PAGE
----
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Wednesday, March 11, 2015

11/03/2015: Extracting 'gold' from fish and plant waste

New industrial processing techniques are enabling us to obtain valuable proteins, antioxidants and oils from salmon and rapeseed waste. These extracts can be used in health foods, nutritional supplements and skin care products, Phys.org reports.

The EU project APROPOS has had as its aim to demonstrate the value inherent in waste food resources which are currently used mostly for animal feed.


http://phys.org/news/2015-03-gold-fish.htmlResearchers and industrial partnerships around the world have been developing new, industrial processing techniques. Using rapeseed and fish as their basic raw materials, they have succeeded in producing entirely pure fractions, free of organic solvents or additives. Such processes will ensure that valuable proteins, antioxidants and oils contained in waste fish and rapeseed raw materials are not discarded.


Norway produces farmed salmon worth several billions every year. But much of this raw material is discarded during production. Only 50 percent of the fish mass remains once off-cuts such as heads, dorsal fins and offal are removed.


Industrial rapeseed is produced across huge, bright yellow fields. But only the black seeds are used to produce oil, and large volumes of chemicals are used in the oil extraction process. The remains of the seeds are used for animal feed and as a source of bioenergy.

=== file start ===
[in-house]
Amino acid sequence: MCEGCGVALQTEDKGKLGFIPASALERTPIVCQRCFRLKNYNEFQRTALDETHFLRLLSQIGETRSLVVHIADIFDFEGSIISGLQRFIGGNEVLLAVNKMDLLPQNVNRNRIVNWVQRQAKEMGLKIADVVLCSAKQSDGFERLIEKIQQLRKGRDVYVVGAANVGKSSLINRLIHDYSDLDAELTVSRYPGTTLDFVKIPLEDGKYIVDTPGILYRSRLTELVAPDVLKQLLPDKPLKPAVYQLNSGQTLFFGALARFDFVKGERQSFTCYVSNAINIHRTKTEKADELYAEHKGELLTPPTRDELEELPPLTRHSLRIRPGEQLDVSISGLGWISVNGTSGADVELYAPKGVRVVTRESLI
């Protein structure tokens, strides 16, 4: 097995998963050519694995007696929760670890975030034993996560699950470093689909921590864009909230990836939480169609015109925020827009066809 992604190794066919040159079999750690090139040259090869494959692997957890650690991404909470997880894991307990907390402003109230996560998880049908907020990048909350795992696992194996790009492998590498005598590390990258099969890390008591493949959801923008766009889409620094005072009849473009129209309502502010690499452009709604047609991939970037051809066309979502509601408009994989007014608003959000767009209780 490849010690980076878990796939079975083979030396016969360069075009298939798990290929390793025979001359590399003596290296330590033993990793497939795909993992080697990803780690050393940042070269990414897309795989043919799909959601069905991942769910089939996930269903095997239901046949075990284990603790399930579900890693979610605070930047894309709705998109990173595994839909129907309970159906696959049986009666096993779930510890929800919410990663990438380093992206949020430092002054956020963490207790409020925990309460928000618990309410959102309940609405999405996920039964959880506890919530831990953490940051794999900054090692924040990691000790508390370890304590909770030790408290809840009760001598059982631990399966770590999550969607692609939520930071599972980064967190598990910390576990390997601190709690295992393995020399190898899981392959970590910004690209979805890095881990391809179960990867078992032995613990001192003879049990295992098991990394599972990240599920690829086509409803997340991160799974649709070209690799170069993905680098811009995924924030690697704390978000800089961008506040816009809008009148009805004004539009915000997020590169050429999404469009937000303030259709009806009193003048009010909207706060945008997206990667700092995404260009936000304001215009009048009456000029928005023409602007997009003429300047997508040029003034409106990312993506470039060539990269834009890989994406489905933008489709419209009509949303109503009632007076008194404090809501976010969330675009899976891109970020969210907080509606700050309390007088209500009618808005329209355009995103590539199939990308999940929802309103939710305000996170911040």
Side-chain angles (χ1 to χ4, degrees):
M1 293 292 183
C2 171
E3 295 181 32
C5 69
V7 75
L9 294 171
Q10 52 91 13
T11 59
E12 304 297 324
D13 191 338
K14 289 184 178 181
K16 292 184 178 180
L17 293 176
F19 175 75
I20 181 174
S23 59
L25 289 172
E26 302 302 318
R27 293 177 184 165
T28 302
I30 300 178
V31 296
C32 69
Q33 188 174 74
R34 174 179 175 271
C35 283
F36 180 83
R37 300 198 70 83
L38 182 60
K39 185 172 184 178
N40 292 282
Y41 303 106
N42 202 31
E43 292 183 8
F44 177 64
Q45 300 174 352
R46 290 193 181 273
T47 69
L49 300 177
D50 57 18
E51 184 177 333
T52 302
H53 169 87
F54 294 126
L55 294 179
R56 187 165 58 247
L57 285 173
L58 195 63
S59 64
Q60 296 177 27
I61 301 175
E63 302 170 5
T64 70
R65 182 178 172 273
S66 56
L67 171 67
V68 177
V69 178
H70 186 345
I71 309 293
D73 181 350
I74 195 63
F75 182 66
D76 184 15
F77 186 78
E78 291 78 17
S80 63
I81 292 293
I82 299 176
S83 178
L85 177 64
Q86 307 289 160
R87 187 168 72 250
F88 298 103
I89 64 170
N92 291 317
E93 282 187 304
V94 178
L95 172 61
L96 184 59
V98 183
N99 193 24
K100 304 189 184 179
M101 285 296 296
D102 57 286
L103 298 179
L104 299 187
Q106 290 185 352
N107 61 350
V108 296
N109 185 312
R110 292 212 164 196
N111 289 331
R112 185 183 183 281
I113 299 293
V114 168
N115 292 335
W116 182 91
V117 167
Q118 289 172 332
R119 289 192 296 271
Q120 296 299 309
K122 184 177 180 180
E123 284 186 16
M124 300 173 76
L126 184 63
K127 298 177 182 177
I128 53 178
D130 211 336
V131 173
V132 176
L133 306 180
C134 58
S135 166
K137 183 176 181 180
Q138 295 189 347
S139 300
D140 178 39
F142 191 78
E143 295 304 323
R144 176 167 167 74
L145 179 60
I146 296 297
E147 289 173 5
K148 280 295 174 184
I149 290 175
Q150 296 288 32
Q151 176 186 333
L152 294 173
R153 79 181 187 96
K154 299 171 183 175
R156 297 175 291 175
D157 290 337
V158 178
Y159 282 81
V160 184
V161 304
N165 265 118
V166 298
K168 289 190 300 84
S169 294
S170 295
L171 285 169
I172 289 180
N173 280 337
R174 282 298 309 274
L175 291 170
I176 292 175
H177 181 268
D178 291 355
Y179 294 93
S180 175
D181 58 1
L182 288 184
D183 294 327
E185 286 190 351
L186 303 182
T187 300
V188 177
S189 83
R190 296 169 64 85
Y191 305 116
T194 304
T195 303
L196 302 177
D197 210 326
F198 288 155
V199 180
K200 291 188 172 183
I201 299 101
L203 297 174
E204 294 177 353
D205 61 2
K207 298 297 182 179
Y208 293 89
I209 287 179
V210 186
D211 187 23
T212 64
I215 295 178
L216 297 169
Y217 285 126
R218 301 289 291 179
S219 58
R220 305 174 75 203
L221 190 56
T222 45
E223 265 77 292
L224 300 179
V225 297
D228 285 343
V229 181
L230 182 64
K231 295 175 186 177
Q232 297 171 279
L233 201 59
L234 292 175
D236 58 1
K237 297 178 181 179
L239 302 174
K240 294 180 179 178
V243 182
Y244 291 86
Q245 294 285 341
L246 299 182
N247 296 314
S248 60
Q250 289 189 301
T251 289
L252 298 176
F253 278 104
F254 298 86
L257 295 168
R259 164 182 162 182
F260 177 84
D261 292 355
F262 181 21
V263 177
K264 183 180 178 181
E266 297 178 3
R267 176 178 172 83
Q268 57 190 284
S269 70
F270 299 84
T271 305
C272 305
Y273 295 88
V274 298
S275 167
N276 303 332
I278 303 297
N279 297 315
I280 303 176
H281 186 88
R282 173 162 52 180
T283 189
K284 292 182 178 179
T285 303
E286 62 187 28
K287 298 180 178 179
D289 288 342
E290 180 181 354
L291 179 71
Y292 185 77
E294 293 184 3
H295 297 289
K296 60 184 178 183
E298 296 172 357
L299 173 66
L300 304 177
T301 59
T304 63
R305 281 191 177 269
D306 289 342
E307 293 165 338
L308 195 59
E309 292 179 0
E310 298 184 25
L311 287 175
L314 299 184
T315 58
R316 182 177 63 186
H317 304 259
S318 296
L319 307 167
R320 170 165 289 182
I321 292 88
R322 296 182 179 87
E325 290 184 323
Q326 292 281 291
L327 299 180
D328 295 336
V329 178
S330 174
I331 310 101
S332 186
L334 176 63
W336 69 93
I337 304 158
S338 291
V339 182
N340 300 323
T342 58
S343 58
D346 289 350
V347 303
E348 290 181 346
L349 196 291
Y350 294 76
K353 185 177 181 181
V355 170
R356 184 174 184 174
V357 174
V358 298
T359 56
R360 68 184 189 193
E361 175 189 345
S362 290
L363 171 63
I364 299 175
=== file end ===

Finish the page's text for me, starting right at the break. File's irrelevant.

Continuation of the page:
http://phys.org/news/2015-03-gold-fish.html
SINTEF has headed one of the project's seven work packages with the aim of developing a so-called "environmentally-friendly process technology for the exploitation of waste raw materials from fish filleting for human nutrition and skin care applications."


"We have carried out two processes involving salmon and Nile perch. We have analysed both the oil and proteins from the fish waste raw materials, as well as waste from rape and mustard seeds," says Rasa Slizyte at SINTEF Fisheries and Aquaculture.


In their work, the researchers have employed advanced NMR (nuclear magnetic resonance) techniques, which enable them to monitor the freshness of the fish raw materials in storage. Meanwhile, research partners in Spain have developed a technique for incorporating and stabilising fish proteins in cosmetic creams.




Read more HERE.

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